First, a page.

From Yakima Herald Republic
You’ve heard of drug forfeitures. How about DUI forfeitures?
On a recent morning, a team of Yakima police officers and a city attorney armed with legal papers pulled up in front of a home a block from Fruitvale Boulevard, blocking in a 1997 GMC Suburban in the process.
The officers were there to take the Suburban, which belonged to a 28-year-old woman currently serving a 75-day jail sentence for her second drunken driving conviction in barely two years.
“If this works, it becomes ours,” explained Bronson Faul, a Yakima assistant city attorney. The seizure, the first in a test project by the city of Yakima, is his brainchild, and he was on scene to advise.
The seizure is more technically a forfeiture and applies only to motorists convicted of driving drunk two or more times in a seven-year period. It also applies only to the vehicle they were driving, and only then if they own it.
The forfeitures are allowed under a 1994 state law that appears to be hardly ever used by prosecutors, maybe even never, according to Faul.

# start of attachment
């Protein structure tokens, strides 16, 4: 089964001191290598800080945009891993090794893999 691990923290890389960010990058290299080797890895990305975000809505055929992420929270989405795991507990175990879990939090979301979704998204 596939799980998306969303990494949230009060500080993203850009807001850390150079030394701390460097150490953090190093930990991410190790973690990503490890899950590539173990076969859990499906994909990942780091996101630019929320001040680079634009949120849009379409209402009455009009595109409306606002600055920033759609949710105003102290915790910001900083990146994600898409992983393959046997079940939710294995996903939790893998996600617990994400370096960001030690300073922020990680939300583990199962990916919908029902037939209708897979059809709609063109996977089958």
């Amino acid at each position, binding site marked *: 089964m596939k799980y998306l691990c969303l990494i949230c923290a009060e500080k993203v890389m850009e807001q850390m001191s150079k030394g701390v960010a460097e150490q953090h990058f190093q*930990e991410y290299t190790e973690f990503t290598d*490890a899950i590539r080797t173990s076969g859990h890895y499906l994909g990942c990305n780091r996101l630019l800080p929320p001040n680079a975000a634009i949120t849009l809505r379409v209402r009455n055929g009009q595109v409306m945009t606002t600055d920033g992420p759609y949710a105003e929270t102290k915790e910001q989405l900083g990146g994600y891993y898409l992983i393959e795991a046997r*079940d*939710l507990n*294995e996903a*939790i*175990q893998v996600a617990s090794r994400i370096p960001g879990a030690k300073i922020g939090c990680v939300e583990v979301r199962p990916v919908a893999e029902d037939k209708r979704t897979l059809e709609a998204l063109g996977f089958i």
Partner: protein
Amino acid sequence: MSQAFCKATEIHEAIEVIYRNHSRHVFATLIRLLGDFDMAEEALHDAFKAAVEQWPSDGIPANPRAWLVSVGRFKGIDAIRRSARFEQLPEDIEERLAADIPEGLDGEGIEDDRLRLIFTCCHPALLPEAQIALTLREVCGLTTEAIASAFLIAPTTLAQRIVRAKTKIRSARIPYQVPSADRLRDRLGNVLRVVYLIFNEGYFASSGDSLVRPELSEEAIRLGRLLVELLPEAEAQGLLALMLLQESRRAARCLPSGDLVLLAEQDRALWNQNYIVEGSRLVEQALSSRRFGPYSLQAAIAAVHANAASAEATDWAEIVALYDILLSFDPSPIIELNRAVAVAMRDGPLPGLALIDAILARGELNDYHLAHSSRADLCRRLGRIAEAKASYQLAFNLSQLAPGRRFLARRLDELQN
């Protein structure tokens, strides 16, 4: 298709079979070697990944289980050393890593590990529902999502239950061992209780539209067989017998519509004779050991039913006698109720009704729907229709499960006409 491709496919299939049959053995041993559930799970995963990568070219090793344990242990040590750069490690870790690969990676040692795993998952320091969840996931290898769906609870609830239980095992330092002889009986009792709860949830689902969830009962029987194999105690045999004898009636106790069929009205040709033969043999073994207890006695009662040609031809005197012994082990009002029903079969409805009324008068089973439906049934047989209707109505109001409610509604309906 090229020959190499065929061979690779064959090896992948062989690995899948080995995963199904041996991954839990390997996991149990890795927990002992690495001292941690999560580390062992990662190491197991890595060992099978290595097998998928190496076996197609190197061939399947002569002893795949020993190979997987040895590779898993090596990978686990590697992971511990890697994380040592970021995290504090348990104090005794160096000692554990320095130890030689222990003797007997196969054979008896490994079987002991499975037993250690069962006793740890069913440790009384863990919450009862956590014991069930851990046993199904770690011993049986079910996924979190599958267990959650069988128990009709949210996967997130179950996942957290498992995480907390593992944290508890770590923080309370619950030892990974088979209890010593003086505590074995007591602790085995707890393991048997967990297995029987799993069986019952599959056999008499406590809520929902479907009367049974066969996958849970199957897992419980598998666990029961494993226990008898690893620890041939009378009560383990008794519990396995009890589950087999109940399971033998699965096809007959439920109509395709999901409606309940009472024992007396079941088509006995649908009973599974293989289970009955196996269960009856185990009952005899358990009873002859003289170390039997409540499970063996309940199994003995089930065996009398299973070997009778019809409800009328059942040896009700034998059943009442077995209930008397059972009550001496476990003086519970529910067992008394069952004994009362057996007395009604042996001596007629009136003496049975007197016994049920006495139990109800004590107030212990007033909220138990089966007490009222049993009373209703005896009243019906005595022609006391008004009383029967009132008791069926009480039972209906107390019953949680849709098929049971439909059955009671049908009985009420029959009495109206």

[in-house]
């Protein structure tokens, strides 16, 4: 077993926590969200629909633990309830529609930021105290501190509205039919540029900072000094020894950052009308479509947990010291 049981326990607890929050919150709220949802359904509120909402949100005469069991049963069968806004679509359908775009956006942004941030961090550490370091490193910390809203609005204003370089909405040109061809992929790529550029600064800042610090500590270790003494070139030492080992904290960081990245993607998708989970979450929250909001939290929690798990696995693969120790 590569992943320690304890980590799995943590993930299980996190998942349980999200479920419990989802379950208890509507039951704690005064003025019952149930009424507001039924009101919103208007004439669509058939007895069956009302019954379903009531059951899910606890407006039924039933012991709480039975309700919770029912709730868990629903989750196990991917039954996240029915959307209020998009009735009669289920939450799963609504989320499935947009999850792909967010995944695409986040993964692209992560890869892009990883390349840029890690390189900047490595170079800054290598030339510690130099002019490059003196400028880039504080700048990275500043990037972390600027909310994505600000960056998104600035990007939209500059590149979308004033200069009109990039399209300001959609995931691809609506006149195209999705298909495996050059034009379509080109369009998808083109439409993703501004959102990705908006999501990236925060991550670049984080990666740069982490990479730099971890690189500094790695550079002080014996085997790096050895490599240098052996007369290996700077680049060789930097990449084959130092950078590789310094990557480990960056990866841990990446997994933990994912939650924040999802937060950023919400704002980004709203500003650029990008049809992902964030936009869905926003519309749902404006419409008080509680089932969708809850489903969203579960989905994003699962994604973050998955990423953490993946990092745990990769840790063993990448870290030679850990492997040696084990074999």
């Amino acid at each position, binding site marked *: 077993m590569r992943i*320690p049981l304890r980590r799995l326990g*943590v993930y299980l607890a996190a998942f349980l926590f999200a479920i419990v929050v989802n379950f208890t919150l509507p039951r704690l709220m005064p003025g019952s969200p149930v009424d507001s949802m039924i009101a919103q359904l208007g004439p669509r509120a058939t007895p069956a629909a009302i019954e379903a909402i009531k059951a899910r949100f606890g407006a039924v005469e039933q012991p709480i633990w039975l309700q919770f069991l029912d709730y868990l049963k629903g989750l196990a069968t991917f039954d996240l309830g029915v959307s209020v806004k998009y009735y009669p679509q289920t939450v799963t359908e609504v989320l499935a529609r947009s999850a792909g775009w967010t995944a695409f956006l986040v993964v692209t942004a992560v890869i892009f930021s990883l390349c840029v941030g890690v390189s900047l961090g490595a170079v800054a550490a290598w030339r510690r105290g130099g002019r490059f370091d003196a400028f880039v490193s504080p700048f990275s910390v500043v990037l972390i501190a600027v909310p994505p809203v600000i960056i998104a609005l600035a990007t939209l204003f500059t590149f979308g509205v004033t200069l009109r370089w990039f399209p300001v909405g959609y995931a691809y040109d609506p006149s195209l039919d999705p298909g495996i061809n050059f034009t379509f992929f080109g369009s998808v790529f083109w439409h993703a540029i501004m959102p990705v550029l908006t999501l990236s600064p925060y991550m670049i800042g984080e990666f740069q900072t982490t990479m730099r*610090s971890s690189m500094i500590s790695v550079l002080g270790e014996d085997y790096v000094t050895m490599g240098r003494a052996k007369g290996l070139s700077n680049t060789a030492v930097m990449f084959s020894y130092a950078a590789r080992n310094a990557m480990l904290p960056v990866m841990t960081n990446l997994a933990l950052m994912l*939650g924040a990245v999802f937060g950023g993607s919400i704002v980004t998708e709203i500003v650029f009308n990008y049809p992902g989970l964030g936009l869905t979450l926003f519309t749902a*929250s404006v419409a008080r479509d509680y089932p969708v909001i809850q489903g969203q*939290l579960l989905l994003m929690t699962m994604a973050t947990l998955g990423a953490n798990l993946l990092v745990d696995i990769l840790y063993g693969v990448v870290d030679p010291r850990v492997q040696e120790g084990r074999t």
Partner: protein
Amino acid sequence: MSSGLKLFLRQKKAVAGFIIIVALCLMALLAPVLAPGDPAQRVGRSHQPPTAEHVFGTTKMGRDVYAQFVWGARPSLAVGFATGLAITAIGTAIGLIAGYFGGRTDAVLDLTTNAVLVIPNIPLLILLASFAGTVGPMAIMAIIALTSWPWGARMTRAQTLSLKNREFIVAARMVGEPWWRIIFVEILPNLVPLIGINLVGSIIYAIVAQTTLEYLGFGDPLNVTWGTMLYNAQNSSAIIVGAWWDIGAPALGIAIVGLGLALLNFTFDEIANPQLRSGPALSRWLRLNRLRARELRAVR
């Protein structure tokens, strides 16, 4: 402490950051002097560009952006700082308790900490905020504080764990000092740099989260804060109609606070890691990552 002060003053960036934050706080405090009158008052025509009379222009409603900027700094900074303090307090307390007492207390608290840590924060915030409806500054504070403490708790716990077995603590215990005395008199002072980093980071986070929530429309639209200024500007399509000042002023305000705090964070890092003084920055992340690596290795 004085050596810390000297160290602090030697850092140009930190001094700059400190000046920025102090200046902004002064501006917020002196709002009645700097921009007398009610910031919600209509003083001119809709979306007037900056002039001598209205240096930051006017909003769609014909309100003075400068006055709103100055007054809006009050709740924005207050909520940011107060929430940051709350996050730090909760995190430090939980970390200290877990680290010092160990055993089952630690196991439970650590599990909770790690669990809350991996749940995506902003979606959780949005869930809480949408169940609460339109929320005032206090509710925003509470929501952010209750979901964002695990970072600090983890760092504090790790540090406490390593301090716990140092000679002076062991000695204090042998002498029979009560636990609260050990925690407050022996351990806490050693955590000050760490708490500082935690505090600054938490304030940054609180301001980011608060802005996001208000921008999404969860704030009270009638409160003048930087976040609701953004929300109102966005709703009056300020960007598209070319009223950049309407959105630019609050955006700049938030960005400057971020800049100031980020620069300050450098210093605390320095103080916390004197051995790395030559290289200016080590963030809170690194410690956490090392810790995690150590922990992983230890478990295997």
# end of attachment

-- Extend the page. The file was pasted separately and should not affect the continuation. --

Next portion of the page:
He stumbled across the statute a few years ago and started asking around if anybody knew about it. He said he got a negative response from the Washington Association of Prosecuting Attorneys, which queried prosecutors statewide, and experts with the State Patrol who train law enforcement agencies around the state on DUI arrests.
He’s not sure why the law isn’t commonly used, but it probably has something to do with a number of safeguards that include a 45-day claim period, an appeal process and protections for so-called innocent spousal interest as well as other lien holders on vehicles that have not been paid off yet. The use of proceeds from the seizures are at the city manager’s discretion, probably for the purpose of more DUI patrols, Faul said. ….MORE